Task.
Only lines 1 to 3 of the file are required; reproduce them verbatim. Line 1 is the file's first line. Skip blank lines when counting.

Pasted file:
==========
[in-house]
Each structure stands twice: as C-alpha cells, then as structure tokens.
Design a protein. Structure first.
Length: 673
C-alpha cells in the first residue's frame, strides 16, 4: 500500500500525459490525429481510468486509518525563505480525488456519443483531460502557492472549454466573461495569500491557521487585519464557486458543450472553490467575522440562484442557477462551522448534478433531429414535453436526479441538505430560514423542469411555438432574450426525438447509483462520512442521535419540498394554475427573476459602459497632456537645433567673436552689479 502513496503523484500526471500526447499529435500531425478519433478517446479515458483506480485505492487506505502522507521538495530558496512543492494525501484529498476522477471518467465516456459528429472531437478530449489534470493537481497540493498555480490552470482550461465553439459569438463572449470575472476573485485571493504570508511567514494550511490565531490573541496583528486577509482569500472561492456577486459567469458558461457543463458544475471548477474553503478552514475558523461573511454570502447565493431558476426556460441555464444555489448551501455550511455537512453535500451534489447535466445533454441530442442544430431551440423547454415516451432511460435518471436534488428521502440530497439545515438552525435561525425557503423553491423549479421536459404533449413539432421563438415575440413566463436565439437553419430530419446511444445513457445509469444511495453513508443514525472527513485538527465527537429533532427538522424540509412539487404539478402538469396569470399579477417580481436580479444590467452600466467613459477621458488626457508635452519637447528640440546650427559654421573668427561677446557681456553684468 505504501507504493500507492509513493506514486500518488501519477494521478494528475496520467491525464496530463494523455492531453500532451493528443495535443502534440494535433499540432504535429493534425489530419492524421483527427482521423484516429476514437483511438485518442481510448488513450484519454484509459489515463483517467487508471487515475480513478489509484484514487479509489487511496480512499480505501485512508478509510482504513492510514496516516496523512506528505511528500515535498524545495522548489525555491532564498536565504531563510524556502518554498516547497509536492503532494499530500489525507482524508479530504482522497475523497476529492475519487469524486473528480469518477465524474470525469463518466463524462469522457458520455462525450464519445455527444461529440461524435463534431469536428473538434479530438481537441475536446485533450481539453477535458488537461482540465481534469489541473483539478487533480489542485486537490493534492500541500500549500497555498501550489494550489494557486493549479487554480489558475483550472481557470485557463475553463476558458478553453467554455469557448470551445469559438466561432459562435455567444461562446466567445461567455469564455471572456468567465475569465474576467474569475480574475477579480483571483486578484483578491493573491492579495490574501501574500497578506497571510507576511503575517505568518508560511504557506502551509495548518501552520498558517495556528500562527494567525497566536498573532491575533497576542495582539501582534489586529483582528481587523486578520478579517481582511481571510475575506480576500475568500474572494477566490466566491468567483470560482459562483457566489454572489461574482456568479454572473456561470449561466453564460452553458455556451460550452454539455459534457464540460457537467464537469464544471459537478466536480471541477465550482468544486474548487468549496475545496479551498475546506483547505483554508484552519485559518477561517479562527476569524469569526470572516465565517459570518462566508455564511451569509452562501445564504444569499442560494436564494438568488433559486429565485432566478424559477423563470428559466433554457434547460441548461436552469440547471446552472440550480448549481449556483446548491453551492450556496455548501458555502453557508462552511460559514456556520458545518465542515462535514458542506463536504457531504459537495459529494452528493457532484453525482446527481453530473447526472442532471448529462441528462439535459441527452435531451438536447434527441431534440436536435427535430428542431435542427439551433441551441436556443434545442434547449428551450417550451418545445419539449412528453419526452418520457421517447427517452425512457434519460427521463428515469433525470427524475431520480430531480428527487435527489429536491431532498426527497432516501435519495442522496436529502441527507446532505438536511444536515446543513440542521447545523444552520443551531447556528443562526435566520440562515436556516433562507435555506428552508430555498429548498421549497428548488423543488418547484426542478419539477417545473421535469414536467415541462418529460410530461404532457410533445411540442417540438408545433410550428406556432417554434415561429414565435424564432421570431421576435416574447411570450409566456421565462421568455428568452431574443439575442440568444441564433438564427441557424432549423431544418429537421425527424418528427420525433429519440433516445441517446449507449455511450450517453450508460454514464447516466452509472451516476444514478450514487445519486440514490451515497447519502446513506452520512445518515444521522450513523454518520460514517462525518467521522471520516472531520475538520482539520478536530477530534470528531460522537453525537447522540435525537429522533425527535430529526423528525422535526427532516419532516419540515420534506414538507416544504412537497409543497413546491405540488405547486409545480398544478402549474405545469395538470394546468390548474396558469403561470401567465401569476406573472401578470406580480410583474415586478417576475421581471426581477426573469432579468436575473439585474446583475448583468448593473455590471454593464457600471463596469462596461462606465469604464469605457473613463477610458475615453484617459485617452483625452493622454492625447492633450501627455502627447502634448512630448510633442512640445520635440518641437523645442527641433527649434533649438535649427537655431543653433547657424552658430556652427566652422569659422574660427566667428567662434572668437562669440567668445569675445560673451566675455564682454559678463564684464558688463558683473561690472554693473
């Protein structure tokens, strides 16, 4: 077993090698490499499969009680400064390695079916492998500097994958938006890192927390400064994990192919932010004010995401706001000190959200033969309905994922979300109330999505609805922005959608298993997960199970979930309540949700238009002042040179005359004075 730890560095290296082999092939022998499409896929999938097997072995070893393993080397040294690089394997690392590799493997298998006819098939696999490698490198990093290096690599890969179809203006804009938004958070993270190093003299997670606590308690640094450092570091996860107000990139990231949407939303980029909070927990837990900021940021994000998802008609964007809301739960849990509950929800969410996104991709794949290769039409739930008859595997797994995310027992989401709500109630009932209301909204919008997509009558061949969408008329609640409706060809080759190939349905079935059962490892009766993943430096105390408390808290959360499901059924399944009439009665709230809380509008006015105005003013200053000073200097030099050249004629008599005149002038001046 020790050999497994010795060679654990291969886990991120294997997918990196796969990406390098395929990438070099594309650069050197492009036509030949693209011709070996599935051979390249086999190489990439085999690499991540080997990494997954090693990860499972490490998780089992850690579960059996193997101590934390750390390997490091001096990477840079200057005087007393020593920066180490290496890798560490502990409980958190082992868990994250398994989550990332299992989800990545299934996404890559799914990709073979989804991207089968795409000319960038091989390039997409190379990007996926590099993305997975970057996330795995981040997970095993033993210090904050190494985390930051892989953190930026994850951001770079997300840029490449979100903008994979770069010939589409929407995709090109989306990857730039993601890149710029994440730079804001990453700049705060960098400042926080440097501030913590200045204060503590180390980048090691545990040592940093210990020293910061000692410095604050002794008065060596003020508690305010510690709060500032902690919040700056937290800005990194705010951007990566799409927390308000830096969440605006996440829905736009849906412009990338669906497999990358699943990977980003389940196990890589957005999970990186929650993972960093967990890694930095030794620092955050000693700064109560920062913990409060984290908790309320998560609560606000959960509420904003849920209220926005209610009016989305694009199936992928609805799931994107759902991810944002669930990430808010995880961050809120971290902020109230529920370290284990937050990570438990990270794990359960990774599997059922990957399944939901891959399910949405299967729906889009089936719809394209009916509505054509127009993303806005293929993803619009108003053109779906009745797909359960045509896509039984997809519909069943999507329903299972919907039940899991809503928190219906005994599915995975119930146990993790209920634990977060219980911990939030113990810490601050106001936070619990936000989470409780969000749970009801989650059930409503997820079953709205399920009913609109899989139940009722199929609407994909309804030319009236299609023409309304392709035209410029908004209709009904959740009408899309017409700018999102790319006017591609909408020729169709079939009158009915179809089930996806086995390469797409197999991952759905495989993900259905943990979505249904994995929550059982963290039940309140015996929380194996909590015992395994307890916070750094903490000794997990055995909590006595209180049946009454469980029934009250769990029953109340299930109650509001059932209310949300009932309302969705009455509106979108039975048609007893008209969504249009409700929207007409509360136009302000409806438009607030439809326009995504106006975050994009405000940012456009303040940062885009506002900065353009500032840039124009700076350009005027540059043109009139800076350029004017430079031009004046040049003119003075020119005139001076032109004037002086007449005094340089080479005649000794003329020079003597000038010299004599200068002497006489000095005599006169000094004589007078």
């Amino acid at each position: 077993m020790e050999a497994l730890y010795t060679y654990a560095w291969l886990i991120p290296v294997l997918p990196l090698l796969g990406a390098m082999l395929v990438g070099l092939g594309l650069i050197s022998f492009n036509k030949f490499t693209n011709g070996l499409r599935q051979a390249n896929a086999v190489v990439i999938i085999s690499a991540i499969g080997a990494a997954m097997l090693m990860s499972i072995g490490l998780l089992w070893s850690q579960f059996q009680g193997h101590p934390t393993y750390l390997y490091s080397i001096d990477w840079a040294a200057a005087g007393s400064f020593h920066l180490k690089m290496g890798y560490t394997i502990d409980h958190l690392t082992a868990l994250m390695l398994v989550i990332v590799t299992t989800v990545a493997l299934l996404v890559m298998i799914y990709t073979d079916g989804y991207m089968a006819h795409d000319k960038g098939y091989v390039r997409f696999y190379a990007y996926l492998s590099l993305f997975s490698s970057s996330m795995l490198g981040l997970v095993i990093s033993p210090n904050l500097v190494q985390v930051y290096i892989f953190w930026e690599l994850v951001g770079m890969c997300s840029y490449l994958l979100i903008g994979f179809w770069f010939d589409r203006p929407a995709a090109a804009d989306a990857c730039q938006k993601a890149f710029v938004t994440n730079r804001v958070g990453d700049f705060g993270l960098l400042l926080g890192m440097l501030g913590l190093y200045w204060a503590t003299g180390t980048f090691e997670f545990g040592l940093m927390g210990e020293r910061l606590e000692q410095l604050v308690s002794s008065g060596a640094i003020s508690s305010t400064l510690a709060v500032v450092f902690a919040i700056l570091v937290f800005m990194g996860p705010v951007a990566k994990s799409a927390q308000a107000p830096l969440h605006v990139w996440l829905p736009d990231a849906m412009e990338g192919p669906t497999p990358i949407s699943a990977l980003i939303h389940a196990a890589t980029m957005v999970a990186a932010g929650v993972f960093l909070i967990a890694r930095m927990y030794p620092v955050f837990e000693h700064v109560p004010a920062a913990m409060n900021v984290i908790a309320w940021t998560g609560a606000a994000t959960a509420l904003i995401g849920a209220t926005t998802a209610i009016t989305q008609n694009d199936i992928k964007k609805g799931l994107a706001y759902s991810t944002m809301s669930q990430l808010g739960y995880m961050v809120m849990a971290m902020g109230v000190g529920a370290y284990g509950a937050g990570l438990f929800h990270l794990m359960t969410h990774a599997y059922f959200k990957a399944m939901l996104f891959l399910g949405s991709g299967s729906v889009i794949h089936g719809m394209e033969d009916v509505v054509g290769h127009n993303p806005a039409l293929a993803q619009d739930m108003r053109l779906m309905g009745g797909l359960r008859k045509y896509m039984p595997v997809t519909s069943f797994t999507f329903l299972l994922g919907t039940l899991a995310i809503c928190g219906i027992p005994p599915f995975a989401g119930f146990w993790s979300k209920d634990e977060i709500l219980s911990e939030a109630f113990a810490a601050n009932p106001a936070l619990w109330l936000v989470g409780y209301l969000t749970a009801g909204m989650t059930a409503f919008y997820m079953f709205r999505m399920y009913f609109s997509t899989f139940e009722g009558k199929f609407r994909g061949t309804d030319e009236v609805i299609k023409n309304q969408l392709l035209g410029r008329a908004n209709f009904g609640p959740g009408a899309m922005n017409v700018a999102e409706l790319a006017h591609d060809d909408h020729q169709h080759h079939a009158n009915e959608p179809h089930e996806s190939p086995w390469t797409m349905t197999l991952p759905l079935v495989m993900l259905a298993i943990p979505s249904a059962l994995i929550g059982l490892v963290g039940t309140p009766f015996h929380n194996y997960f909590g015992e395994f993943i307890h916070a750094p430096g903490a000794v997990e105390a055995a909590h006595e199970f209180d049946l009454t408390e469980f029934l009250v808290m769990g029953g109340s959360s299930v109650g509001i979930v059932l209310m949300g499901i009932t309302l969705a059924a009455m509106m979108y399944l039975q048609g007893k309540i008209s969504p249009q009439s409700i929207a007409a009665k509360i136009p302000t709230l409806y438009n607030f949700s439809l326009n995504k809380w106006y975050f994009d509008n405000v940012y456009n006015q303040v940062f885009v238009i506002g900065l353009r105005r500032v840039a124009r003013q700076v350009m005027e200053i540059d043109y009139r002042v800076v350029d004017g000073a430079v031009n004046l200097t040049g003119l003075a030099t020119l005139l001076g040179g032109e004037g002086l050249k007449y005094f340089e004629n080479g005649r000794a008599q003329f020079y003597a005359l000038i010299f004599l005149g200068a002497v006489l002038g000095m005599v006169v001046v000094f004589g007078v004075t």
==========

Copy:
[in-house]
Each structure stands twice: as C-alpha cells, then as structure tokens.
Design a protein. Structure first.